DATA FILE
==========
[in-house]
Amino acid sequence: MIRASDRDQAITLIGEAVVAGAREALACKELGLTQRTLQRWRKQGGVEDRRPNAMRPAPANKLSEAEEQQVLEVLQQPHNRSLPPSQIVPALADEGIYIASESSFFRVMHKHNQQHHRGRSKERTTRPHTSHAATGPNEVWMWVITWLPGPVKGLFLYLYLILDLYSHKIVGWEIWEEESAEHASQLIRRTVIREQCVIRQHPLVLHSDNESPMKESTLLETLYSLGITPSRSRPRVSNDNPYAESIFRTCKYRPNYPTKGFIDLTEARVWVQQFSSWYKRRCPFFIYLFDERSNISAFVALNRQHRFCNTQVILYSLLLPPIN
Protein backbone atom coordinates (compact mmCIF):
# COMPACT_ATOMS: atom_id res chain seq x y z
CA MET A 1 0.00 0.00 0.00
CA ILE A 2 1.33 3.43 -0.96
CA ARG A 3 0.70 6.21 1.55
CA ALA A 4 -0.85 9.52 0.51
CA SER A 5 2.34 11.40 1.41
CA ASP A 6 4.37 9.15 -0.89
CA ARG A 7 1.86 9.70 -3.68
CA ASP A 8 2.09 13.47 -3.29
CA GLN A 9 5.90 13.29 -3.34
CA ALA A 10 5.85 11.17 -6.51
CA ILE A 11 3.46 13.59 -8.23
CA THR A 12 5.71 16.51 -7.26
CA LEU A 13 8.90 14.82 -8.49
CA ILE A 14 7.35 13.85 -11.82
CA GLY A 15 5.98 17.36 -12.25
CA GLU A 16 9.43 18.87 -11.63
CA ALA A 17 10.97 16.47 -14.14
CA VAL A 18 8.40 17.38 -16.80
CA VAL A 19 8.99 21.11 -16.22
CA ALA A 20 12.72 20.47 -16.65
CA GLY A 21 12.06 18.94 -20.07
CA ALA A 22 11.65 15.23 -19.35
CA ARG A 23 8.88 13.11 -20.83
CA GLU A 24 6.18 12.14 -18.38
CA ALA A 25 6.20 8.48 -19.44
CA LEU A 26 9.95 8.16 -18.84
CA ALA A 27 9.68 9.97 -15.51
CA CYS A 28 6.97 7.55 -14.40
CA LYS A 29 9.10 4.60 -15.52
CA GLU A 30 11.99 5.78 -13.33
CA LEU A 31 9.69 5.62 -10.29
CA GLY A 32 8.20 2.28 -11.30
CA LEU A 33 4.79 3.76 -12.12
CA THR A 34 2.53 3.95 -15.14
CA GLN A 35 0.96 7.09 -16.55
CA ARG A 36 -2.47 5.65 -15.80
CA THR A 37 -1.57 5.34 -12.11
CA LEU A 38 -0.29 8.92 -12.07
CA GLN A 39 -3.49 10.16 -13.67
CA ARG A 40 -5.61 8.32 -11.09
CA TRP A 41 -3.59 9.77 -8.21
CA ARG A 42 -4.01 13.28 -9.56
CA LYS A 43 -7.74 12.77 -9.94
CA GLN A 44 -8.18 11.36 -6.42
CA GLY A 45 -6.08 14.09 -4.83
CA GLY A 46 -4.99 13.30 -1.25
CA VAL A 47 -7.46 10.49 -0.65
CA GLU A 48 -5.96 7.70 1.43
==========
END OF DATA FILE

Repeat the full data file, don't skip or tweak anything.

[in-house]
Amino acid sequence: MIRASDRDQAITLIGEAVVAGAREALACKELGLTQRTLQRWRKQGGVEDRRPNAMRPAPANKLSEAEEQQVLEVLQQPHNRSLPPSQIVPALADEGIYIASESSFFRVMHKHNQQHHRGRSKERTTRPHTSHAATGPNEVWMWVITWLPGPVKGLFLYLYLILDLYSHKIVGWEIWEEESAEHASQLIRRTVIREQCVIRQHPLVLHSDNESPMKESTLLETLYSLGITPSRSRPRVSNDNPYAESIFRTCKYRPNYPTKGFIDLTEARVWVQQFSSWYKRRCPFFIYLFDERSNISAFVALNRQHRFCNTQVILYSLLLPPIN
Protein backbone atom coordinates (compact mmCIF):
# COMPACT_ATOMS: atom_id res chain seq x y z
CA MET A 1 0.00 0.00 0.00
CA ILE A 2 1.33 3.43 -0.96
CA ARG A 3 0.70 6.21 1.55
CA ALA A 4 -0.85 9.52 0.51
CA SER A 5 2.34 11.40 1.41
CA ASP A 6 4.37 9.15 -0.89
CA ARG A 7 1.86 9.70 -3.68
CA ASP A 8 2.09 13.47 -3.29
CA GLN A 9 5.90 13.29 -3.34
CA ALA A 10 5.85 11.17 -6.51
CA ILE A 11 3.46 13.59 -8.23
CA THR A 12 5.71 16.51 -7.26
CA LEU A 13 8.90 14.82 -8.49
CA ILE A 14 7.35 13.85 -11.82
CA GLY A 15 5.98 17.36 -12.25
CA GLU A 16 9.43 18.87 -11.63
CA ALA A 17 10.97 16.47 -14.14
CA VAL A 18 8.40 17.38 -16.80
CA VAL A 19 8.99 21.11 -16.22
CA ALA A 20 12.72 20.47 -16.65
CA GLY A 21 12.06 18.94 -20.07
CA ALA A 22 11.65 15.23 -19.35
CA ARG A 23 8.88 13.11 -20.83
CA GLU A 24 6.18 12.14 -18.38
CA ALA A 25 6.20 8.48 -19.44
CA LEU A 26 9.95 8.16 -18.84
CA ALA A 27 9.68 9.97 -15.51
CA CYS A 28 6.97 7.55 -14.40
CA LYS A 29 9.10 4.60 -15.52
CA GLU A 30 11.99 5.78 -13.33
CA LEU A 31 9.69 5.62 -10.29
CA GLY A 32 8.20 2.28 -11.30
CA LEU A 33 4.79 3.76 -12.12
CA THR A 34 2.53 3.95 -15.14
CA GLN A 35 0.96 7.09 -16.55
CA ARG A 36 -2.47 5.65 -15.80
CA THR A 37 -1.57 5.34 -12.11
CA LEU A 38 -0.29 8.92 -12.07
CA GLN A 39 -3.49 10.16 -13.67
CA ARG A 40 -5.61 8.32 -11.09
CA TRP A 41 -3.59 9.77 -8.21
CA ARG A 42 -4.01 13.28 -9.56
CA LYS A 43 -7.74 12.77 -9.94
CA GLN A 44 -8.18 11.36 -6.42
CA GLY A 45 -6.08 14.09 -4.83
CA GLY A 46 -4.99 13.30 -1.25
CA VAL A 47 -7.46 10.49 -0.65
CA GLU A 48 -5.96 7.70 1.43